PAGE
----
Cirencester Kingshill School

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About Cirencester Kingshill School

Name Cirencester Kingshill School
Ofsted Inspections
Headteacher Mrs Jo Lindley
Address Kingshill Lane, Cirencester, GL7 1HS
Phone Number 01285651511
Phase Academy
Type Academy converter
Age Range 11-16
Religious Character None
Gender Mixed
Number of Pupils 869
Local Authority Gloucestershire
Highlights from Latest Inspection

What is it like to attend this school?

While pupils typically behave well, leaders' expectations of pupils' behaviour and attitudes are too variable. Leaders also do not have high enough expectations of what all pupils can achieve in their learning.

As a result, some pupils do not have consistently positive attitudes to learning.

Relationships between pupils and staff are generally warm and respectful. When bullying occurs, most pupils and parents are confident that staff will resolve it.

Most parents say that their child is happy and safe. Pupils say that they are encouraged to respect people from other backgrounds and to treat everyone equally. However, a small minority of pupils do not demonstr...ate enough respect for other pupils.

Pupils develop an understanding of democracy through voting opportunities. For example, they vote on which charities will receive the funds they have raised. Pupils benefit from a range of extra-curricular opportunities.

These include sport and drama. Some pupils are part of the school's sports leadership academy. They help to run sports and physical education (PE) events for primary-age pupils.

What does the school do well and what does it need to do better?

Leaders and trustees do not have a clear enough vision for a high-quality education. Leaders do not provide sufficient information to trustees so that they can ask well-informed questions and challenge robustly. As a result, the quality of education has not improved enough.

Leaders have not made sufficient improvements to the curriculum for pupils with special educational needs and/or disabilities (SEND). Leaders do not identify pupils' needs well enough. This means that teaching does not support pupils to follow the curriculum successfully.

Leaders are taking steps to improve the support provided for pupils with SEND, but the full impact of this is yet to be realised.

At key stage 4, many pupils choose to study the suite of subjects known as the English Baccalaureate (EBacc). Almost all pupils choose history or geography, for example.

Increasing numbers of pupils choose a modern foreign language. However, in key stage 3, a small minority of pupils do not follow a curriculum that is broad and ambitious enough.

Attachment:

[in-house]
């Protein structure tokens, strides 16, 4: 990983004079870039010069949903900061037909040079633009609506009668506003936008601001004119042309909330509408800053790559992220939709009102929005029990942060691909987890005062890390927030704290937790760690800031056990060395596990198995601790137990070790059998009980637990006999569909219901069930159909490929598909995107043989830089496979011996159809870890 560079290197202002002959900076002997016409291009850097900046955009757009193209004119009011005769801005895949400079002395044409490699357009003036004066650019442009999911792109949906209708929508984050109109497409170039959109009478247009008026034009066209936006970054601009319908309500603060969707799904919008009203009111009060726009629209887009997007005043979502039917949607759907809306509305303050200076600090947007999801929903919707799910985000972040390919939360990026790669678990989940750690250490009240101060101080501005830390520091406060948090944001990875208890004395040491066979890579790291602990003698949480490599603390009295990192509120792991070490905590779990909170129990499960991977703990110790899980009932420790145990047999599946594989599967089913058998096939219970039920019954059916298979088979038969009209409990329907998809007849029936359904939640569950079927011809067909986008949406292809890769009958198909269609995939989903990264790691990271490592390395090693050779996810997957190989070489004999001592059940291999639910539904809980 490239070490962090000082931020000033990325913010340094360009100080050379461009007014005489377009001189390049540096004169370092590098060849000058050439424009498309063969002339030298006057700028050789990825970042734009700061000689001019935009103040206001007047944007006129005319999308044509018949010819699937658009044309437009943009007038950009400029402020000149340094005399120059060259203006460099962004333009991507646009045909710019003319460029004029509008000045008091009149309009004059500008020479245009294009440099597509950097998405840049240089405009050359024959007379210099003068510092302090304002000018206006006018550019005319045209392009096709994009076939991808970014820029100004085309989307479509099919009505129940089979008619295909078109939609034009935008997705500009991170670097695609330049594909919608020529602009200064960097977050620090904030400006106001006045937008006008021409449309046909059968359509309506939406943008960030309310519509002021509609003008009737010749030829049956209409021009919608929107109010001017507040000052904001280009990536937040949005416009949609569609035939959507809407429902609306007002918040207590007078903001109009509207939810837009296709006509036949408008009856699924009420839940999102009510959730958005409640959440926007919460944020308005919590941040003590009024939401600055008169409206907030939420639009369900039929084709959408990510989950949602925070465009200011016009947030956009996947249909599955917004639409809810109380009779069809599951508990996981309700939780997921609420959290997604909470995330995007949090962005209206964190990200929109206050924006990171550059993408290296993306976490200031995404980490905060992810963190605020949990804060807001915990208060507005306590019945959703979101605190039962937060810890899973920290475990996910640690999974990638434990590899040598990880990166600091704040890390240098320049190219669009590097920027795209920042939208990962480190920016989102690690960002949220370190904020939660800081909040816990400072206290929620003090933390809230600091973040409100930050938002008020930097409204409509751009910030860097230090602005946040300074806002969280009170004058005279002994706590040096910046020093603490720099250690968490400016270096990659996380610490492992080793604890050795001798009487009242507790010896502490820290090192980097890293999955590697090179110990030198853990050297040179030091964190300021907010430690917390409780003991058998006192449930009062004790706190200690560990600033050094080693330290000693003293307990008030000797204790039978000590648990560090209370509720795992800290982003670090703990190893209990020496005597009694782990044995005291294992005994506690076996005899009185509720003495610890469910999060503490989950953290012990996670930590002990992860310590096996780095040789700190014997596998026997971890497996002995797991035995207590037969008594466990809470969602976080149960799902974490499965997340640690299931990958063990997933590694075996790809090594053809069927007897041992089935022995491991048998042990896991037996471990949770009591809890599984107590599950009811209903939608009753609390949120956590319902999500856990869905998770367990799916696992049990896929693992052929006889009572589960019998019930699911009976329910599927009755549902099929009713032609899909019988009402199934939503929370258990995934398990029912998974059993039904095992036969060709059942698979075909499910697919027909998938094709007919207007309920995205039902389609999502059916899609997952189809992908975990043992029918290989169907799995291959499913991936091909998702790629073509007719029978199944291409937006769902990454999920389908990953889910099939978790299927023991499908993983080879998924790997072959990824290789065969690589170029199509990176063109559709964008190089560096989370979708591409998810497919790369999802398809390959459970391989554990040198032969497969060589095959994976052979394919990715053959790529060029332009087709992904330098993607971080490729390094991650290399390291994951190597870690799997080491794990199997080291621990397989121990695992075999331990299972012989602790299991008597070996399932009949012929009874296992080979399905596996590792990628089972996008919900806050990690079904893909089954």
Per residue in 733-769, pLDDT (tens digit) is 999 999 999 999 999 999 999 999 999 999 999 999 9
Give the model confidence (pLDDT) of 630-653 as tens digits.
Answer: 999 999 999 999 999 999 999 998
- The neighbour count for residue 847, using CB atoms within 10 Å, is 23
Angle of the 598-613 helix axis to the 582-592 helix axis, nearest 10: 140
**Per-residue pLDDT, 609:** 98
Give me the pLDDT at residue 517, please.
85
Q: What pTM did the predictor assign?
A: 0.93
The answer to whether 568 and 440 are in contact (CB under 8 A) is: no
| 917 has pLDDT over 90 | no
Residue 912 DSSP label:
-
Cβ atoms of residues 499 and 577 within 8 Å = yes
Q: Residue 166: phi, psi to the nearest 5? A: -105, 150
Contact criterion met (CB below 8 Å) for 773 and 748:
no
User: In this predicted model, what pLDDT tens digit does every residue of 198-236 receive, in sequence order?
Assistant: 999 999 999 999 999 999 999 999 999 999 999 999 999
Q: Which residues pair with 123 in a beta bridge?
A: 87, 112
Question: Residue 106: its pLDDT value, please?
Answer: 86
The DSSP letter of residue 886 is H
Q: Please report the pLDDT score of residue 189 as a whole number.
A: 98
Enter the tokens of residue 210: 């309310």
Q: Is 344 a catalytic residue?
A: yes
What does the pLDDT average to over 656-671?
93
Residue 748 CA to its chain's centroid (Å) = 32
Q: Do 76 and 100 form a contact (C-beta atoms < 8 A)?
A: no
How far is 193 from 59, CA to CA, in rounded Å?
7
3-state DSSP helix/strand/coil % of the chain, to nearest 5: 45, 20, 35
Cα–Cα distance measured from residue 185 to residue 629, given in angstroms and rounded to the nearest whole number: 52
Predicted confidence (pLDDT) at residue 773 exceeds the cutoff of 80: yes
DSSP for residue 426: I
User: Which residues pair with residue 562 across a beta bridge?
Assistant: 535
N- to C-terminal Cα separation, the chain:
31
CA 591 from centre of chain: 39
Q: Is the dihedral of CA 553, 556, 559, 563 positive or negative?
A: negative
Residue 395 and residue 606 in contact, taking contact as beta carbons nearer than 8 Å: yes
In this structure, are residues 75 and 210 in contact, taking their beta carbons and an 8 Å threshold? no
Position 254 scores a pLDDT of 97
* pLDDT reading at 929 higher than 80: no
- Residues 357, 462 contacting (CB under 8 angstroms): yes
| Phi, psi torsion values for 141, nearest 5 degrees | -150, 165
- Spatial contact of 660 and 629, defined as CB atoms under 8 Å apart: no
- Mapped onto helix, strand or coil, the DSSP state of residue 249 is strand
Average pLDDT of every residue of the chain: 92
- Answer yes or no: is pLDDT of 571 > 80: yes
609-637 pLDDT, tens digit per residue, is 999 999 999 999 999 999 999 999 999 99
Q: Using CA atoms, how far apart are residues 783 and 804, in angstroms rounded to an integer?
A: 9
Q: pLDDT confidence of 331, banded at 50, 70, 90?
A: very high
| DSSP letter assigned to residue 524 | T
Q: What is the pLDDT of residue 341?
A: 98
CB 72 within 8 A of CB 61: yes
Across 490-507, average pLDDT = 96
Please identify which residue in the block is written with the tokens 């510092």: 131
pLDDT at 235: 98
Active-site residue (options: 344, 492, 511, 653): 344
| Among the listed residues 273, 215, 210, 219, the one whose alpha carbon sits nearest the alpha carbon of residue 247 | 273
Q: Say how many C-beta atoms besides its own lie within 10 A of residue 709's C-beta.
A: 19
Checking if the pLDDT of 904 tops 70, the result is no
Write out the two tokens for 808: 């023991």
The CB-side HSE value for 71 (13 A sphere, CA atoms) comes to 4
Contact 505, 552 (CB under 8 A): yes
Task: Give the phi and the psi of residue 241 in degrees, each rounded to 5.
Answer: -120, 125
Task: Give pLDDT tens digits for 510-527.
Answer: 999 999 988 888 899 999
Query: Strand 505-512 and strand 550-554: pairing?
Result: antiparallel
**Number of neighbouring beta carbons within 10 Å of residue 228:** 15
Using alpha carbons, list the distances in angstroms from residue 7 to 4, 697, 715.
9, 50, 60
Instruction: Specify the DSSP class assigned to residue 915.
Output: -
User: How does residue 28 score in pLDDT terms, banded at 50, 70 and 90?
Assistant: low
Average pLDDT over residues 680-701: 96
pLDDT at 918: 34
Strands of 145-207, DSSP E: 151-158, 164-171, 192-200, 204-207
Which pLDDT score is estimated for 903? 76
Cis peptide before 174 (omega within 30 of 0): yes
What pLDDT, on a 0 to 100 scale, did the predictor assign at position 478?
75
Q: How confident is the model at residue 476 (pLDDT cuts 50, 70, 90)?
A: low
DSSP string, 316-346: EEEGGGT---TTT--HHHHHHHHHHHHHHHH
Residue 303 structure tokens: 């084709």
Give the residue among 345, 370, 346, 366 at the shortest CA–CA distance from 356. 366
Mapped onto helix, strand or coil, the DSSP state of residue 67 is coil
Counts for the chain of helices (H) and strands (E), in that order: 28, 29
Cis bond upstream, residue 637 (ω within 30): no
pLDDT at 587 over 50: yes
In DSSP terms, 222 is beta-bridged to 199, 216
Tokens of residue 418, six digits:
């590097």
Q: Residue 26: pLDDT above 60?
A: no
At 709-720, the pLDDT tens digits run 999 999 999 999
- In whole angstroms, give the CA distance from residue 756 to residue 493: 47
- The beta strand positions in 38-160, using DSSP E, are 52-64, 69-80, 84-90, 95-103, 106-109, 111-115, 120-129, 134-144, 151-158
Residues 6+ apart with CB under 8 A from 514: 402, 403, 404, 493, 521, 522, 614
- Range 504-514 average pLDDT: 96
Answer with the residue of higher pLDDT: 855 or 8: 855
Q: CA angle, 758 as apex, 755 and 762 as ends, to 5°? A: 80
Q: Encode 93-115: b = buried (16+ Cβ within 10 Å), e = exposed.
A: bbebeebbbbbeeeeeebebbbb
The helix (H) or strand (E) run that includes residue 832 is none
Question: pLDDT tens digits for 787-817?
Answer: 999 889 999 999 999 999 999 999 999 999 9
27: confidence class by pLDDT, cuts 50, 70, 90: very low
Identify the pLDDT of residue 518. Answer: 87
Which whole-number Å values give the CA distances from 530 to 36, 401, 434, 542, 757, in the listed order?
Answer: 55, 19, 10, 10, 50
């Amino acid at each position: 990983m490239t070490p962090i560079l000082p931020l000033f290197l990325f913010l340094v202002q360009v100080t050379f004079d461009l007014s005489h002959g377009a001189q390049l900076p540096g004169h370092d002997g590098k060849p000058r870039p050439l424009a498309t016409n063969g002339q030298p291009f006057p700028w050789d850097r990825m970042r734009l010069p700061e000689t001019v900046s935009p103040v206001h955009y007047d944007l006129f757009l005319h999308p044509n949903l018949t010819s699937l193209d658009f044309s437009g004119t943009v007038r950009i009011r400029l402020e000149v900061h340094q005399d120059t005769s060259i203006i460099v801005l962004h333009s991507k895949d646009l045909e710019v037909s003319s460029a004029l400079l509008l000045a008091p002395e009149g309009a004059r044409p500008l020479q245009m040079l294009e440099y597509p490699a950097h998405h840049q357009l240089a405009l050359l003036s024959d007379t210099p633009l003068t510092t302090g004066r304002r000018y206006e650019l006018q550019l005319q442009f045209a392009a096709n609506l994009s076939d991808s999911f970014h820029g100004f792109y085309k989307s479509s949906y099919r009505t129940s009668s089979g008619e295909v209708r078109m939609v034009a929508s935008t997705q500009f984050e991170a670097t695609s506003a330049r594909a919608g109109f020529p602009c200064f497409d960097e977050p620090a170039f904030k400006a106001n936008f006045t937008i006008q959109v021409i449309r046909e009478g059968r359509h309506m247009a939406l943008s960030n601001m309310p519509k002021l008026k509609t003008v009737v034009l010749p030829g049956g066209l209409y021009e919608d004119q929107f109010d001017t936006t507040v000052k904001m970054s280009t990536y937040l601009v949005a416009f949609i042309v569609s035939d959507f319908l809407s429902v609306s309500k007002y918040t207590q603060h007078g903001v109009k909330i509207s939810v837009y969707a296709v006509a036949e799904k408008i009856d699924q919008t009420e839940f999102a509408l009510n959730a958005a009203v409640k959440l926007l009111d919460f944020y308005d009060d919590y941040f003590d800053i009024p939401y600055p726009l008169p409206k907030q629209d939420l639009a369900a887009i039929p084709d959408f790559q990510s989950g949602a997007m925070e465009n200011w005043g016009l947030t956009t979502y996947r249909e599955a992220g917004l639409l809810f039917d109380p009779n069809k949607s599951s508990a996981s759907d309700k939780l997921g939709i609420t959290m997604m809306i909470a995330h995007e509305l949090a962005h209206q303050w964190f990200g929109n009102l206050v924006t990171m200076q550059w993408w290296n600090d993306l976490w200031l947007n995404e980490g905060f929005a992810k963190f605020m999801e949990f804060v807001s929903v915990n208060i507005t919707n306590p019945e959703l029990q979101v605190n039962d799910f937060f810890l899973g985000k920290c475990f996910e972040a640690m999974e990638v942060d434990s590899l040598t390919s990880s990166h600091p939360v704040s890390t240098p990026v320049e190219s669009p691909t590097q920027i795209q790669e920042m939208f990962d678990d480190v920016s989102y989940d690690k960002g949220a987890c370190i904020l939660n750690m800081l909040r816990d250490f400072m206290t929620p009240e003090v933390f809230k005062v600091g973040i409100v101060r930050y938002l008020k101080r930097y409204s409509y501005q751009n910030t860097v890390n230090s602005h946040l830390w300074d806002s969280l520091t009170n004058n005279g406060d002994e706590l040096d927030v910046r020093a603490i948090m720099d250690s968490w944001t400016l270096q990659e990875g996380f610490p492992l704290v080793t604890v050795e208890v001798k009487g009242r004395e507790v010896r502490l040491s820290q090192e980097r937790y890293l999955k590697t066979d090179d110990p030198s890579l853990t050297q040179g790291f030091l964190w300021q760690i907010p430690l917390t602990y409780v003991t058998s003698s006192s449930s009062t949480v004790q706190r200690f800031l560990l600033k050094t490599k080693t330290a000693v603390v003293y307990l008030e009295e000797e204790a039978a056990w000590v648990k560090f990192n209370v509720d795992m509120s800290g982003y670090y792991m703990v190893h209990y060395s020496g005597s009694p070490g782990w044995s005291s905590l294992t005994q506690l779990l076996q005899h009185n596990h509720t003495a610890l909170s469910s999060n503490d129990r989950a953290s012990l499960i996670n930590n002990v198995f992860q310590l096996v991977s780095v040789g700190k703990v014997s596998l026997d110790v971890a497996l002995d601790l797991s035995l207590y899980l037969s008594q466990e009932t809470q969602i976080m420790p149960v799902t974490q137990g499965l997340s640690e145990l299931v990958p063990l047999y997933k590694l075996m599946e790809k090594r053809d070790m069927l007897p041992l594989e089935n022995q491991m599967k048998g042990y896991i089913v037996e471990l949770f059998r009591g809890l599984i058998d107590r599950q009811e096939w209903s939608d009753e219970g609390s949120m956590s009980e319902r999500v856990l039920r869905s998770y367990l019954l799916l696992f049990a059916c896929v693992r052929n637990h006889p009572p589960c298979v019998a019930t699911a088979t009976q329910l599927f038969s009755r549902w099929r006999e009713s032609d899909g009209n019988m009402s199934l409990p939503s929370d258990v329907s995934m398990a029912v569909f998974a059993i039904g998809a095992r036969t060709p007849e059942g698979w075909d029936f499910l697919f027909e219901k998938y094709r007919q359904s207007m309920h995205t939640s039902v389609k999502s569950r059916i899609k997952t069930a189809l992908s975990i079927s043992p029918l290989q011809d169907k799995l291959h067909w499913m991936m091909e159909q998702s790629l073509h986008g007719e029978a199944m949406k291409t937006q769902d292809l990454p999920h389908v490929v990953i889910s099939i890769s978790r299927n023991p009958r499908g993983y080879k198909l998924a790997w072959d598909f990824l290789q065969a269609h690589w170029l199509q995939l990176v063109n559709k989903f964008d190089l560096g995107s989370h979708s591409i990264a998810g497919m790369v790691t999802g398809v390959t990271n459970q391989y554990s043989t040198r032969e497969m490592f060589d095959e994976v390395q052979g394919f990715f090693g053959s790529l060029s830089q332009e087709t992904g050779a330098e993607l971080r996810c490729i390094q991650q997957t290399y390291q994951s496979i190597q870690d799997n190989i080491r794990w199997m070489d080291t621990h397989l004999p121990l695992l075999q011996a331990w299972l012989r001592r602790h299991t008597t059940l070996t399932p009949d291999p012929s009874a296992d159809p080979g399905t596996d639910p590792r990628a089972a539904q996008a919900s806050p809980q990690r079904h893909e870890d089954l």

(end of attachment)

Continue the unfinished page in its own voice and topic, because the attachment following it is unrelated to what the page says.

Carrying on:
Where the curriculum is strong, it is well planned and sequenced.

Teachers have subject expertise and present information clearly. In other subjects, the curriculum is not strong enough or taught as intended. This includes the curriculum for pupils in the early stages of learning to read.

The weaknesses in the early reading curriculum mean that some pupils do not gain a strong enough foundation for future learning.

Where assessment is used well, it helps pupils to remember and use their knowledge readily. However, the use of assessment is less well embedded in some subjects.

This means that pupils do not improve their knowledge and skills well enough.

Leaders have devised a personal, social and health education curriculum that is designed to develop pupils' understanding of healthy relationships. This includes raising pupils' awareness of protected characteristics.

However, the personal development curriculum is not consistently put into place as intended. Consequently, support for pupils' personal development is not strong enough.

There is an effective careers education, information, advice and guidance programme.

Pupils are confident about making their choices about post-16 education, employment or training. Pupils take part in meaningful work experience.

Leaders have designed a professional development programme to support teachers to refine their practice.

However, the programme has not had a consistent impact on improving the quality of education that pupils receive. Leaders have put strategies in place to manage staff workload and well-being. Nonetheless, some staff feel that leaders could do more to manage their workload and improve pupils' behaviour.


The arrangements for safeguarding are effective.

Leaders make timely referrals to safeguarding partners and collaborate effectively with external partners. This protects pupils.

When leaders consider external support to be insufficient, they escalate their concerns.

Leaders are aware of local contextual safeguarding issues. There are appropriate policies and practice to tackle sexual abuse and harassment in and out of school.

Leaders provide effective safeguarding training for staff. As a result, staff know how to identify and report concerns. Leaders ensure adults working in the school are suitable and have had appropriate checks.

What does the school need to do to improve?

(Information for the school and appropriate authority)

• Trustees and leaders do not have a clear enough vision for the quality of education. Trustees do not challenge leaders stringently enough. Leaders should ensure that trustees have the information they need to provide greater challenge so that pupils receive a good quality of education.

• Some aspects of the curriculum are not well planned and implemented. As a result, some pupils do not gain sufficient knowledge in some subjects. Leaders should ensure that all subject curriculums are well designed and put into place as intended.

• Leaders do not identify the needs of pupils with SEND well enough. Therefore, the curriculum is not adapted so that pupils with SEND can follow the curriculum successfully. Leaders should ensure that the needs of all pupils with SEND are identified and met.

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